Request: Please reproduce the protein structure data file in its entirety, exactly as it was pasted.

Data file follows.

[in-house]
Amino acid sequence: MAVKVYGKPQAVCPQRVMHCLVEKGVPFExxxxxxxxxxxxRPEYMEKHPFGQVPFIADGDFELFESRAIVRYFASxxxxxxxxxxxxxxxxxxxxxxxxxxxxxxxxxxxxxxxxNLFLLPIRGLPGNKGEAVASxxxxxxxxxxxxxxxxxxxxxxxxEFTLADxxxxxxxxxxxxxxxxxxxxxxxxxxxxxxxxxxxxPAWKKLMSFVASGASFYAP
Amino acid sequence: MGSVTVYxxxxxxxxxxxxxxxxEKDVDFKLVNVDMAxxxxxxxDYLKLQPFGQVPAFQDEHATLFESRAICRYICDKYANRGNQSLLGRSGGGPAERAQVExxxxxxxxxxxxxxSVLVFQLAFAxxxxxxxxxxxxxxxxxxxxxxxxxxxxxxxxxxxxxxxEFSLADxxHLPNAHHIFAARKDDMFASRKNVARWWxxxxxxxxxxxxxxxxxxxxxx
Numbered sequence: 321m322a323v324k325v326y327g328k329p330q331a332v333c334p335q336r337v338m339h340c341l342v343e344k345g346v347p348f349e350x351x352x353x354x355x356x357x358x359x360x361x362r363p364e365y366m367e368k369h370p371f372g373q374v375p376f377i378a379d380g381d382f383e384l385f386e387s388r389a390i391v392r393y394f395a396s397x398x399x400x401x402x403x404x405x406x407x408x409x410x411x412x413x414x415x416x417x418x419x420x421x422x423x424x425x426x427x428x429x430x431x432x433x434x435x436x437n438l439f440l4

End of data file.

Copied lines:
[in-house]
Amino acid sequence: MAVKVYGKPQAVCPQRVMHCLVEKGVPFExxxxxxxxxxxxRPEYMEKHPFGQVPFIADGDFELFESRAIVRYFASxxxxxxxxxxxxxxxxxxxxxxxxxxxxxxxxxxxxxxxxNLFLLPIRGLPGNKGEAVASxxxxxxxxxxxxxxxxxxxxxxxxEFTLADxxxxxxxxxxxxxxxxxxxxxxxxxxxxxxxxxxxxPAWKKLMSFVASGASFYAP
Amino acid sequence: MGSVTVYxxxxxxxxxxxxxxxxEKDVDFKLVNVDMAxxxxxxxDYLKLQPFGQVPAFQDEHATLFESRAICRYICDKYANRGNQSLLGRSGGGPAERAQVExxxxxxxxxxxxxxSVLVFQLAFAxxxxxxxxxxxxxxxxxxxxxxxxxxxxxxxxxxxxxxxEFSLADxxHLPNAHHIFAARKDDMFASRKNVARWWxxxxxxxxxxxxxxxxxxxxxx
Numbered sequence: 321m322a323v324k325v326y327g328k329p330q331a332v333c334p335q336r337v338m339h340c341l342v343e344k345g346v347p348f349e350x351x352x353x354x355x356x357x358x359x360x361x362r363p364e365y366m367e368k369h370p371f372g373q374v375p376f377i378a379d380g381d382f383e384l385f386e387s388r389a390i391v392r393y394f395a396s397x398x399x400x401x402x403x404x405x406x407x408x409x410x411x412x413x414x415x416x417x418x419x420x421x422x423x424x425x426x427x428x429x430x431x432x433x434x435x436x437n438l439f440l4